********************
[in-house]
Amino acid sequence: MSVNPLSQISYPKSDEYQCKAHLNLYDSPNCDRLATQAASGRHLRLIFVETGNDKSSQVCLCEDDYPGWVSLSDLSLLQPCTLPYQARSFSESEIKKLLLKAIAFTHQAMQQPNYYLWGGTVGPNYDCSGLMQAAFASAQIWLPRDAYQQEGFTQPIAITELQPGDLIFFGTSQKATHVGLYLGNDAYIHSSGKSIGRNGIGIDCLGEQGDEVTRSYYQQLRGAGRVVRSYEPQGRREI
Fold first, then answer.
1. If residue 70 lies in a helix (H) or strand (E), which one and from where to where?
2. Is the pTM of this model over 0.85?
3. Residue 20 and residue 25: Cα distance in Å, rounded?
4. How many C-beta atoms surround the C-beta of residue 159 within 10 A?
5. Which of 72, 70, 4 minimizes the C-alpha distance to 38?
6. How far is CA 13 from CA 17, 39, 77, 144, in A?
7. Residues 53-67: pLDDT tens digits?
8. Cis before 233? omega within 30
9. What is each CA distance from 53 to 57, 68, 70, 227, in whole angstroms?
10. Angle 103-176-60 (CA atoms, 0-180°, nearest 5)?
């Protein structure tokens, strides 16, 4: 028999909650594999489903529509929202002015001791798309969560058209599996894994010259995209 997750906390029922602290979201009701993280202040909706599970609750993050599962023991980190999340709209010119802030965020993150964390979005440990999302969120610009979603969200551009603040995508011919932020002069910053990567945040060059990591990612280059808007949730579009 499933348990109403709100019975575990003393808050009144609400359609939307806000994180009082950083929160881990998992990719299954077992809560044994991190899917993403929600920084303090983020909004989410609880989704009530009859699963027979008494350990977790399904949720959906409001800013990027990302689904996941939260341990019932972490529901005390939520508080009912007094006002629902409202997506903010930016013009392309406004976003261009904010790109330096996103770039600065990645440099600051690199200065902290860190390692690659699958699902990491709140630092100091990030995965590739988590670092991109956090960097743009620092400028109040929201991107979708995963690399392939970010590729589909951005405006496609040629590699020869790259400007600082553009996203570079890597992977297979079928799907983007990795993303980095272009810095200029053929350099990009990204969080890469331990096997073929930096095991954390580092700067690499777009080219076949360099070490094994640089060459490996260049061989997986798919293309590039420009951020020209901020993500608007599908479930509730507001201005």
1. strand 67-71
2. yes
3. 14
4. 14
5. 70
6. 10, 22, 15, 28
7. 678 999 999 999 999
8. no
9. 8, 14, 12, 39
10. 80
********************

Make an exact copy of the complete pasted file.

[in-house]
Amino acid sequence: MSVNPLSQISYPKSDEYQCKAHLNLYDSPNCDRLATQAASGRHLRLIFVETGNDKSSQVCLCEDDYPGWVSLSDLSLLQPCTLPYQARSFSESEIKKLLLKAIAFTHQAMQQPNYYLWGGTVGPNYDCSGLMQAAFASAQIWLPRDAYQQEGFTQPIAITELQPGDLIFFGTSQKATHVGLYLGNDAYIHSSGKSIGRNGIGIDCLGEQGDEVTRSYYQQLRGAGRVVRSYEPQGRREI
Fold first, then answer.
1. If residue 70 lies in a helix (H) or strand (E), which one and from where to where?
2. Is the pTM of this model over 0.85?
3. Residue 20 and residue 25: Cα distance in Å, rounded?
4. How many C-beta atoms surround the C-beta of residue 159 within 10 A?
5. Which of 72, 70, 4 minimizes the C-alpha distance to 38?
6. How far is CA 13 from CA 17, 39, 77, 144, in A?
7. Residues 53-67: pLDDT tens digits?
8. Cis before 233? omega within 30
9. What is each CA distance from 53 to 57, 68, 70, 227, in whole angstroms?
10. Angle 103-176-60 (CA atoms, 0-180°, nearest 5)?
């Protein structure tokens, strides 16, 4: 028999909650594999489903529509929202002015001791798309969560058209599996894994010259995209 997750906390029922602290979201009701993280202040909706599970609750993050599962023991980190999340709209010119802030965020993150964390979005440990999302969120610009979603969200551009603040995508011919932020002069910053990567945040060059990591990612280059808007949730579009 499933348990109403709100019975575990003393808050009144609400359609939307806000994180009082950083929160881990998992990719299954077992809560044994991190899917993403929600920084303090983020909004989410609880989704009530009859699963027979008494350990977790399904949720959906409001800013990027990302689904996941939260341990019932972490529901005390939520508080009912007094006002629902409202997506903010930016013009392309406004976003261009904010790109330096996103770039600065990645440099600051690199200065902290860190390692690659699958699902990491709140630092100091990030995965590739988590670092991109956090960097743009620092400028109040929201991107979708995963690399392939970010590729589909951005405006496609040629590699020869790259400007600082553009996203570079890597992977297979079928799907983007990795993303980095272009810095200029053929350099990009990204969080890469331990096997073929930096095991954390580092700067690499777009080219076949360099070490094994640089060459490996260049061989997986798919293309590039420009951020020209901020993500608007599908479930509730507001201005």
1. strand 67-71
2. yes
3. 14
4. 14
5. 70
6. 10, 22, 15, 28
7. 678 999 999 999 999
8. no
9. 8, 14, 12, 39
10. 80